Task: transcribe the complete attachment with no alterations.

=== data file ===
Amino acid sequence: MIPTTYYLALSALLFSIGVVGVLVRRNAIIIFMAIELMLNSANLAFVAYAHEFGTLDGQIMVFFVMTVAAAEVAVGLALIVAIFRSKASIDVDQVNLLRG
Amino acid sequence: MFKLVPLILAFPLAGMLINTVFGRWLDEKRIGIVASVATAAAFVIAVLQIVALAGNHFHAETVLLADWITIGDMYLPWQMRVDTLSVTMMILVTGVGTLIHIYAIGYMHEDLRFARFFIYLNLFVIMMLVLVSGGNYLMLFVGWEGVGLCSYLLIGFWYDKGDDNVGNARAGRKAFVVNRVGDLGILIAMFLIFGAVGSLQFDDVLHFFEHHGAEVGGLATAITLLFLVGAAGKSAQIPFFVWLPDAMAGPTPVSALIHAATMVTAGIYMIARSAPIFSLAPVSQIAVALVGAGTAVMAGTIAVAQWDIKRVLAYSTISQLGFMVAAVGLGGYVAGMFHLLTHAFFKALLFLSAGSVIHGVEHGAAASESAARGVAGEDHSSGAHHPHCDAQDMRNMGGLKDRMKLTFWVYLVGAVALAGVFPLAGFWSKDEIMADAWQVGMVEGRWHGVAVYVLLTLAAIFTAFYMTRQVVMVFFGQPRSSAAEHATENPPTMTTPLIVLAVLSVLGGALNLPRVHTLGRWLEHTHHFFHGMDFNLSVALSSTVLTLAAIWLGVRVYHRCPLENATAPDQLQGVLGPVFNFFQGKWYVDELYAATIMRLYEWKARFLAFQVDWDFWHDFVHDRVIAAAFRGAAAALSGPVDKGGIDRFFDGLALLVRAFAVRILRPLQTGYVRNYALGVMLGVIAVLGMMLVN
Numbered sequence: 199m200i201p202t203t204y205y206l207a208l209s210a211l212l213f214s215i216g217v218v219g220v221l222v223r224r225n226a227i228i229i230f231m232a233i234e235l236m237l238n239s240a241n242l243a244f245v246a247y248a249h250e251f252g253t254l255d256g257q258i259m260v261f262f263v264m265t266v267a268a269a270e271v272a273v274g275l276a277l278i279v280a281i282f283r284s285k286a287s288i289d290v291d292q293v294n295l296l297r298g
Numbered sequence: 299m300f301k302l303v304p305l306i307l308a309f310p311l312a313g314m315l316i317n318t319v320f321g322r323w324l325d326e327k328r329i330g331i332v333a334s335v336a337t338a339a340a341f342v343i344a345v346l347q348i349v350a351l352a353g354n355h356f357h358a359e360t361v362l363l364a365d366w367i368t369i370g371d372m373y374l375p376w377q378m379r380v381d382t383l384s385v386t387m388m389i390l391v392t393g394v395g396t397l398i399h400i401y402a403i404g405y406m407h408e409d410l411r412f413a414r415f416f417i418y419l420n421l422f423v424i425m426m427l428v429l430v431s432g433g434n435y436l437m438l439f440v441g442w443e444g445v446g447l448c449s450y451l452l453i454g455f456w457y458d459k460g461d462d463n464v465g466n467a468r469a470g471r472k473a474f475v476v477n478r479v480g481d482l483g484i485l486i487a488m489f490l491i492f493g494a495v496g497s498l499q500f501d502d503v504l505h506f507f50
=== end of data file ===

Amino acid sequence: MIPTTYYLALSALLFSIGVVGVLVRRNAIIIFMAIELMLNSANLAFVAYAHEFGTLDGQIMVFFVMTVAAAEVAVGLALIVAIFRSKASIDVDQVNLLRG
Amino acid sequence: MFKLVPLILAFPLAGMLINTVFGRWLDEKRIGIVASVATAAAFVIAVLQIVALAGNHFHAETVLLADWITIGDMYLPWQMRVDTLSVTMMILVTGVGTLIHIYAIGYMHEDLRFARFFIYLNLFVIMMLVLVSGGNYLMLFVGWEGVGLCSYLLIGFWYDKGDDNVGNARAGRKAFVVNRVGDLGILIAMFLIFGAVGSLQFDDVLHFFEHHGAEVGGLATAITLLFLVGAAGKSAQIPFFVWLPDAMAGPTPVSALIHAATMVTAGIYMIARSAPIFSLAPVSQIAVALVGAGTAVMAGTIAVAQWDIKRVLAYSTISQLGFMVAAVGLGGYVAGMFHLLTHAFFKALLFLSAGSVIHGVEHGAAASESAARGVAGEDHSSGAHHPHCDAQDMRNMGGLKDRMKLTFWVYLVGAVALAGVFPLAGFWSKDEIMADAWQVGMVEGRWHGVAVYVLLTLAAIFTAFYMTRQVVMVFFGQPRSSAAEHATENPPTMTTPLIVLAVLSVLGGALNLPRVHTLGRWLEHTHHFFHGMDFNLSVALSSTVLTLAAIWLGVRVYHRCPLENATAPDQLQGVLGPVFNFFQGKWYVDELYAATIMRLYEWKARFLAFQVDWDFWHDFVHDRVIAAAFRGAAAALSGPVDKGGIDRFFDGLALLVRAFAVRILRPLQTGYVRNYALGVMLGVIAVLGMMLVN
Numbered sequence: 199m200i201p202t203t204y205y206l207a208l209s210a211l212l213f214s215i216g217v218v219g220v221l222v223r224r225n226a227i228i229i230f231m232a233i234e235l236m237l238n239s240a241n242l243a244f245v246a247y248a249h250e251f252g253t254l255d256g257q258i259m260v261f262f263v264m265t266v267a268a269a270e271v272a273v274g275l276a277l278i279v280a281i282f283r284s285k286a287s288i289d290v291d292q293v294n295l296l297r298g
Numbered sequence: 299m300f301k302l303v304p305l306i307l308a309f310p311l312a313g314m315l316i317n318t319v320f321g322r323w324l325d326e327k328r329i330g331i332v333a334s335v336a337t338a339a340a341f342v343i344a345v346l347q348i349v350a351l352a353g354n355h356f357h358a359e360t361v362l363l364a365d366w367i368t369i370g371d372m373y374l375p376w377q378m379r380v381d382t383l384s385v386t387m388m389i390l391v392t393g394v395g396t397l398i399h400i401y402a403i404g405y406m407h408e409d410l411r412f413a414r415f416f417i418y419l420n421l422f423v424i425m426m427l428v429l430v431s432g433g434n435y436l437m438l439f440v441g442w443e444g445v446g447l448c449s450y451l452l453i454g455f456w457y458d459k460g461d462d463n464v465g466n467a468r469a470g471r472k473a474f475v476v477n478r479v480g481d482l483g484i485l486i487a488m489f490l491i492f493g494a495v496g497s498l499q500f501d502d503v504l505h506f507f50